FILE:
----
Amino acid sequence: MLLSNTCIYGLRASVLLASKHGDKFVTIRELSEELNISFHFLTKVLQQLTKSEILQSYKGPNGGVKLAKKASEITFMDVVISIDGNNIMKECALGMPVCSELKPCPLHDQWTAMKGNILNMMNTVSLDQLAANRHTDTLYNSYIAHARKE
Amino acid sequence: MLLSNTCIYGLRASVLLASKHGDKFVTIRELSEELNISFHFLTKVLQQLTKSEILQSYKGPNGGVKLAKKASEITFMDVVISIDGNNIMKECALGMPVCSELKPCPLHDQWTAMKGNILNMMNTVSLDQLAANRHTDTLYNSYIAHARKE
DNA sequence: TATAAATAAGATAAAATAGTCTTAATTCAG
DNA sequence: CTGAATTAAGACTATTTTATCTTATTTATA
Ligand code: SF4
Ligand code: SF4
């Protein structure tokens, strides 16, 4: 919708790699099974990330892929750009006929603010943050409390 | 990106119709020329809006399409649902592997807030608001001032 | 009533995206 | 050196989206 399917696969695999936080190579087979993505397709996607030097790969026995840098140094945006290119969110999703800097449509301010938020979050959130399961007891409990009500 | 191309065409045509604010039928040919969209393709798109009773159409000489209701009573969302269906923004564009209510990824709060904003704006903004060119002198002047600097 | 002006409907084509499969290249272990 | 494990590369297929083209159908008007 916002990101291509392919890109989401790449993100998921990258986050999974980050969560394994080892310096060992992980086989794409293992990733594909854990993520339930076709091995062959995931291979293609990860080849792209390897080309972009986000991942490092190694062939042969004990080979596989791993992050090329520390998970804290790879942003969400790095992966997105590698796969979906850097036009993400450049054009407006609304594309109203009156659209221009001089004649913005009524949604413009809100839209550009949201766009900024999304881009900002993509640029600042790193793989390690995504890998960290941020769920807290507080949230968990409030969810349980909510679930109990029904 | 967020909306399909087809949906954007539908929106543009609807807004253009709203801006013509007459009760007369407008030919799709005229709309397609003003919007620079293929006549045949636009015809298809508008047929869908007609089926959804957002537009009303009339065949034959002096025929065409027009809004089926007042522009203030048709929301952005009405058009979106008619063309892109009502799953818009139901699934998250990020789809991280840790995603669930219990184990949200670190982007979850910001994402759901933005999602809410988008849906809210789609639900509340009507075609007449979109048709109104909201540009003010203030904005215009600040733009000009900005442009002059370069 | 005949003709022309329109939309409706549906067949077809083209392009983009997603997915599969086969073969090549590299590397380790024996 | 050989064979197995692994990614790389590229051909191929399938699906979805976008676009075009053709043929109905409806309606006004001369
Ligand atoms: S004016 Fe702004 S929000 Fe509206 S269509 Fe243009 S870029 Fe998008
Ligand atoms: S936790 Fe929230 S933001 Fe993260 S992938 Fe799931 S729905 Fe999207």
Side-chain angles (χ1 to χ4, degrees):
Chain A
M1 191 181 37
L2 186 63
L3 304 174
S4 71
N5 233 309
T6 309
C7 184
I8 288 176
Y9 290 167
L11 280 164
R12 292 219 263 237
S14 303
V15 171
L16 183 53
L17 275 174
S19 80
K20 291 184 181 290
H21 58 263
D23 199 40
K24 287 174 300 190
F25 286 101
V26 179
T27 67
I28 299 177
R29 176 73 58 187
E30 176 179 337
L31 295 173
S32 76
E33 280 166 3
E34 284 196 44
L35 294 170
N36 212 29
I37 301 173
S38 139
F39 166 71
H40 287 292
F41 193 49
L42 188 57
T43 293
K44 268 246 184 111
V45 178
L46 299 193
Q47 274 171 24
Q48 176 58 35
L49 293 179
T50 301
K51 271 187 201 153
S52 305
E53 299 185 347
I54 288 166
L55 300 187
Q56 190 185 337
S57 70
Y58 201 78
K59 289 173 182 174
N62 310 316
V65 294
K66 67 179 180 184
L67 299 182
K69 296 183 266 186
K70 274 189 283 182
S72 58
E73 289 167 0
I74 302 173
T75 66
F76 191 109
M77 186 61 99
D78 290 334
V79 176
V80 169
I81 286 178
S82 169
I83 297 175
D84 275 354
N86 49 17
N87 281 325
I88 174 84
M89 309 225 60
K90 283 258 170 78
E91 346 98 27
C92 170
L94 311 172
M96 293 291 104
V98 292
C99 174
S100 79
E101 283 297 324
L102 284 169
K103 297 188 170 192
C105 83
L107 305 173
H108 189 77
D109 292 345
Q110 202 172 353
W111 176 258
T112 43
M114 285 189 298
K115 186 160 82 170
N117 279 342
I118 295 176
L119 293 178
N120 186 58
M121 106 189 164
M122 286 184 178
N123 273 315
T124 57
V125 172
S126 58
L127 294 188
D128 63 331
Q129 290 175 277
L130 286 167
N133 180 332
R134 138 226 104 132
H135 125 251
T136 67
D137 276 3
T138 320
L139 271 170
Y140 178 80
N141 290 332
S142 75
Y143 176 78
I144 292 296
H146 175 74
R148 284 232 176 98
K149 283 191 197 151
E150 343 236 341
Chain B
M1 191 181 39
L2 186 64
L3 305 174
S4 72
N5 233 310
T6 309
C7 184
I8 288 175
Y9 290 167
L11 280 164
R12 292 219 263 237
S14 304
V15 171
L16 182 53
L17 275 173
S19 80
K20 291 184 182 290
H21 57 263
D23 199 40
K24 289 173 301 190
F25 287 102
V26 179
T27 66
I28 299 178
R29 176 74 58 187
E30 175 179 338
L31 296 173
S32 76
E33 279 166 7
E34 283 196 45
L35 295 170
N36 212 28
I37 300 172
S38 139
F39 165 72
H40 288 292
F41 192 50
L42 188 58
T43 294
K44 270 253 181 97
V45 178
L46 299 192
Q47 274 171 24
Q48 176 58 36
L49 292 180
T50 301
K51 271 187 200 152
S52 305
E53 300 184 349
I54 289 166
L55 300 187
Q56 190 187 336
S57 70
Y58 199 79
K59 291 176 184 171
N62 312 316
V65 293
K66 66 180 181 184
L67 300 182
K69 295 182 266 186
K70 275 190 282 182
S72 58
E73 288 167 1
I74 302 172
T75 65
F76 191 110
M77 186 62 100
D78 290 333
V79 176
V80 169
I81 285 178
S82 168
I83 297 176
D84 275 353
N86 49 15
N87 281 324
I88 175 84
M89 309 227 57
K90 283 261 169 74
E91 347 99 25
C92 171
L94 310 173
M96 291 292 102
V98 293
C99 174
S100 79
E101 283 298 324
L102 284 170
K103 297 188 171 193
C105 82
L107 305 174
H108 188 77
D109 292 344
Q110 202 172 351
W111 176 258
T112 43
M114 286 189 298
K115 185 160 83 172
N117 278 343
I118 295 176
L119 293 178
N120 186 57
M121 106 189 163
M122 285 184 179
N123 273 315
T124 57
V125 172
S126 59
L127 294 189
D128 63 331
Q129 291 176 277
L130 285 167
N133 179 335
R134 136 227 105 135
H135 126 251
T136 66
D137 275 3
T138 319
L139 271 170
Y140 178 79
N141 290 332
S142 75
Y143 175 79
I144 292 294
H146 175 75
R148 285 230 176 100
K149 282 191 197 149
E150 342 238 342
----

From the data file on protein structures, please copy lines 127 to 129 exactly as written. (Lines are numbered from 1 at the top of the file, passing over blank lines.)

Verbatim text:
T136 67
D137 276 3
T138 320